January 15, 2021

Mexican Farmers Find Large Female Statue in Citrus Grove

Farmers digging in a citrus grove on New Year’s Day found the six-foot tall statue of a female figure who may represent an elite woman rather than a goddess, or some mixture of the two, INAH said.

It is the first such statue found in a region known as the Huasteca.

The carved woman has an elaborate hairpiece and marks of status, and is dated to 1450-1521. The site is near El Tajin but the statue shows Aztec influence.

Just who the open-mouthed, wide-eyed statue depicts remains something of a mystery.

Institute archaeologist María Eugenia Maldonado Vite wrote that “this could be a ruler, based on her posture and attire, more than a goddess.”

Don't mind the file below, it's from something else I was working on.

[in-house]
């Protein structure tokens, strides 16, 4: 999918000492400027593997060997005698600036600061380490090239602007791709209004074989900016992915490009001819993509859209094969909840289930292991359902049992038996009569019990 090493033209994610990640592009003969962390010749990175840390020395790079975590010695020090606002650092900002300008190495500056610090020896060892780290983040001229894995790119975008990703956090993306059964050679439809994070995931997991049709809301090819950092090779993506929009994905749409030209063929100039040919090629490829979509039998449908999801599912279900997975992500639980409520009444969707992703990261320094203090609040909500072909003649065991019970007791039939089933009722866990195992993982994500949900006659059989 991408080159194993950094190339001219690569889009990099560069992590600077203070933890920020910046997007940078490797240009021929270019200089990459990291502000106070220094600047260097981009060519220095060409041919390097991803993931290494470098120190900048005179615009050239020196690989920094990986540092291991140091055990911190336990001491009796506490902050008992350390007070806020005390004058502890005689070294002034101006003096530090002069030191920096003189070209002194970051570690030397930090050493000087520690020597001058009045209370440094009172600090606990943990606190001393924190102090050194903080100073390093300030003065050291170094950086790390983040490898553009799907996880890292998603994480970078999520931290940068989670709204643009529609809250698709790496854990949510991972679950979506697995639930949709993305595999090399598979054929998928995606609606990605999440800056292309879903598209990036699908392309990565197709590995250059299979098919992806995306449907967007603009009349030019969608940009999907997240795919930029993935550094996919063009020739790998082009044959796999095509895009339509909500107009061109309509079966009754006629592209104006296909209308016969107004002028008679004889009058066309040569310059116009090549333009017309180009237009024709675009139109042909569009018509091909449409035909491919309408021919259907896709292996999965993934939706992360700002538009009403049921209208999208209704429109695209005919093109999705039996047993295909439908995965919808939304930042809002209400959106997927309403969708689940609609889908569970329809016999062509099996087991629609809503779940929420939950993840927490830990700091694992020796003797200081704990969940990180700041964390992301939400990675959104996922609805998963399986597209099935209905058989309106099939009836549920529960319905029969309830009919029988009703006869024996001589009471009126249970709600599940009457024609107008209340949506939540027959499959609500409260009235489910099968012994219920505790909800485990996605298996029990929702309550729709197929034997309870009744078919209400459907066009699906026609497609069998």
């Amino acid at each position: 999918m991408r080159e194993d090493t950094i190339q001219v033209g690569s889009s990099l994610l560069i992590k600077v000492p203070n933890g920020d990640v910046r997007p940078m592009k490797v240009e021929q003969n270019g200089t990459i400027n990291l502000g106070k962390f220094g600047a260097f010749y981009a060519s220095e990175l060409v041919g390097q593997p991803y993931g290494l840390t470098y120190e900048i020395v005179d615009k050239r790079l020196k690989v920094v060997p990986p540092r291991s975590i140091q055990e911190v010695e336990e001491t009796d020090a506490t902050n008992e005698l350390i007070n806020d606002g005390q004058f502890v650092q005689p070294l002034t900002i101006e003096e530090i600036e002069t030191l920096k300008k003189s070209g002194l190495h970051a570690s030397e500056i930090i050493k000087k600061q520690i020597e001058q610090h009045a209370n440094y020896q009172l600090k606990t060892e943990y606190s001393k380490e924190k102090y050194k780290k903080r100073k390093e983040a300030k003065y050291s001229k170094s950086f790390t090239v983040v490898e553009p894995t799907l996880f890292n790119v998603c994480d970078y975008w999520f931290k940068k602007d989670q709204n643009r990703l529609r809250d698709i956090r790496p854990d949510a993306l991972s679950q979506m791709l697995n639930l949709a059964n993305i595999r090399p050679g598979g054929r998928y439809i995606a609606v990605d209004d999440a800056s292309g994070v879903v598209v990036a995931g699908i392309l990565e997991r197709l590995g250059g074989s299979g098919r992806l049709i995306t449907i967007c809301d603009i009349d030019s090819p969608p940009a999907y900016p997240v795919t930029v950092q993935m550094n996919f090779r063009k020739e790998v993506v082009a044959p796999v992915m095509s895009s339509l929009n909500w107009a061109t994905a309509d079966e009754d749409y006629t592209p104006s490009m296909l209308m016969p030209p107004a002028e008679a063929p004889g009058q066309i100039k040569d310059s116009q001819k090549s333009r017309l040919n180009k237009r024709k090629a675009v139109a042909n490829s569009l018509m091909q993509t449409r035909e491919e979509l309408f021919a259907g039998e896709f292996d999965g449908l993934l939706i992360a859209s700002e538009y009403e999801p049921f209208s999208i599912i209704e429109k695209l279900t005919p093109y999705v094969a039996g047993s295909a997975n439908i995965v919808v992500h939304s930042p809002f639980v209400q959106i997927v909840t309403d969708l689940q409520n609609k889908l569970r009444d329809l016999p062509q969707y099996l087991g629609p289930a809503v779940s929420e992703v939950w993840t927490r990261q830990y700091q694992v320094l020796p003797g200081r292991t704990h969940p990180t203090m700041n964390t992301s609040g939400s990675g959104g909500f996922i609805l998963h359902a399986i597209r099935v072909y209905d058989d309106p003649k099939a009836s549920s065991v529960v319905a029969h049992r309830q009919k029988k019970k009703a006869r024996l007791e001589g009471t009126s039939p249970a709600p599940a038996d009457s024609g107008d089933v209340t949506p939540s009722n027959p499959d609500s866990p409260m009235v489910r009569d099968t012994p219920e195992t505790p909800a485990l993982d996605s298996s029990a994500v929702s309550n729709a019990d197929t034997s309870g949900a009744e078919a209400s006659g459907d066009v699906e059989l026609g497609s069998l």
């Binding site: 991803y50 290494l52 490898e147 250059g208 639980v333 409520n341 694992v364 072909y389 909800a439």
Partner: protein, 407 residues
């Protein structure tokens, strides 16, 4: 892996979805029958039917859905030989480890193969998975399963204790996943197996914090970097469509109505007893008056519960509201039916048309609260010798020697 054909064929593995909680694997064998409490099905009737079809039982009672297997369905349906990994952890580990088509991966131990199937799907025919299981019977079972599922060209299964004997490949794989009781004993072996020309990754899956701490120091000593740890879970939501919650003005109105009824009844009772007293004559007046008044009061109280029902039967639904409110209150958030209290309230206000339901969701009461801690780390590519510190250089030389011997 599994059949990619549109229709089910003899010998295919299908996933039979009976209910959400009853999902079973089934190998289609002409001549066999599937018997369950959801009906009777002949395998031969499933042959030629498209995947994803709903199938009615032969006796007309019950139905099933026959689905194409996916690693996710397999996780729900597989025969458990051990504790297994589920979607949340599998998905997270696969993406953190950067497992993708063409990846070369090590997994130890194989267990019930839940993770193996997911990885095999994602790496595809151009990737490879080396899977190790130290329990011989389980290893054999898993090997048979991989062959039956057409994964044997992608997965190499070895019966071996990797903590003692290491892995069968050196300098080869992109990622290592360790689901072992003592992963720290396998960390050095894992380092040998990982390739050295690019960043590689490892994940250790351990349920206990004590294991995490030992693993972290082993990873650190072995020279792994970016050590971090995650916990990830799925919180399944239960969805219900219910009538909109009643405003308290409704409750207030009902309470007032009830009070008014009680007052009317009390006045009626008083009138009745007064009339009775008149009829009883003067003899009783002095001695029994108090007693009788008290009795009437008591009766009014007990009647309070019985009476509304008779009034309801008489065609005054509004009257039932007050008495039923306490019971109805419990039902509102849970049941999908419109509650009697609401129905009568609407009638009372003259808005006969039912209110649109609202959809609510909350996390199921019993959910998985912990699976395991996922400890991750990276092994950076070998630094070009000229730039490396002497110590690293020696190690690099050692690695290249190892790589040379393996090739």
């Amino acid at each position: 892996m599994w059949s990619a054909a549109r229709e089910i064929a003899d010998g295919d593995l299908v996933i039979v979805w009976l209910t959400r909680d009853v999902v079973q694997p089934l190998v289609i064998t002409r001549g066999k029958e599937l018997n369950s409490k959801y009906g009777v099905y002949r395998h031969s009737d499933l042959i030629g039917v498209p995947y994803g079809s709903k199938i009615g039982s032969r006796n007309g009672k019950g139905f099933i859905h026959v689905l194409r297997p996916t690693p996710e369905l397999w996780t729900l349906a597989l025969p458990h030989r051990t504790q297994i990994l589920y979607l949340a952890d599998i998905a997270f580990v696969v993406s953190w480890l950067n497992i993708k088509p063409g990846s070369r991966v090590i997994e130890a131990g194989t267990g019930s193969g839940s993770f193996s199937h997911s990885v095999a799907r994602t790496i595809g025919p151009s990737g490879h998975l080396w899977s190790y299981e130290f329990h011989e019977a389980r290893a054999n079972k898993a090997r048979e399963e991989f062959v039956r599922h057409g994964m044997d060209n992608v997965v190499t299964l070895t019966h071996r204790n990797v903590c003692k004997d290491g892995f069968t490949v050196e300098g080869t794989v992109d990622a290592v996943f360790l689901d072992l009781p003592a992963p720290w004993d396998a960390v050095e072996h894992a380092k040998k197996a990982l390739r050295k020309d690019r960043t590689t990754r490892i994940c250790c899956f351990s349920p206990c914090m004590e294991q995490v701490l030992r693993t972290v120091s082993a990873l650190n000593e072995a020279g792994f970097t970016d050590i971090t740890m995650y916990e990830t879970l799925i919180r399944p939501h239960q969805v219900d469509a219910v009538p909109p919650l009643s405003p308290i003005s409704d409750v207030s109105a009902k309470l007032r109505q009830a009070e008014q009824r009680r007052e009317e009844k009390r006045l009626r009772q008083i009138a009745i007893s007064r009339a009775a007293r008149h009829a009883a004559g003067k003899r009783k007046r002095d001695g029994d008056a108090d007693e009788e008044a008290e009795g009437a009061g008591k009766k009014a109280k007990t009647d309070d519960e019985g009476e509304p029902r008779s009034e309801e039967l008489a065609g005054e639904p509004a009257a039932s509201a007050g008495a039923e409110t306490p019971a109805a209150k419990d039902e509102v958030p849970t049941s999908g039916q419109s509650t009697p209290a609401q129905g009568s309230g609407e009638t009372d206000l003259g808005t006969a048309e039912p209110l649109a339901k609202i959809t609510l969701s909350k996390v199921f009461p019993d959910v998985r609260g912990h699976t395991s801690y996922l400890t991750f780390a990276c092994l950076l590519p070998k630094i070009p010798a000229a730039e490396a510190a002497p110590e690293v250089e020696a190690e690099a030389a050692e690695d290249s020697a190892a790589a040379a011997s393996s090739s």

Maldonado added it could be “a late fusion between the Teem goddesses and women of high political or social status in the Huasteca.” Those goddesses were part of a fertility cult.

“Colonial era Aztec documents mentioned women ‘rulers’ so that is not a surprise,” Gillespie added. “Women were highly valued in the pre-Hispanic era, drastically losing their status only after the conquest.”

Phys.org has the report here with photos;

Science Daily adds this;

A young woman dressed in elaborate clothes and jewelry, including a circular pendant, known as an "oyohualli,” on a thick necklace; tassel-like earrings; and a headdress

eyes “must have been filled with inlays of obsidian or another stone,”

Maldonado Vite noticed small structures nearby that might be pre-Columbian residential buildings, she said.


Mike Ruggeri’s Mesoamerica After Teotihuacan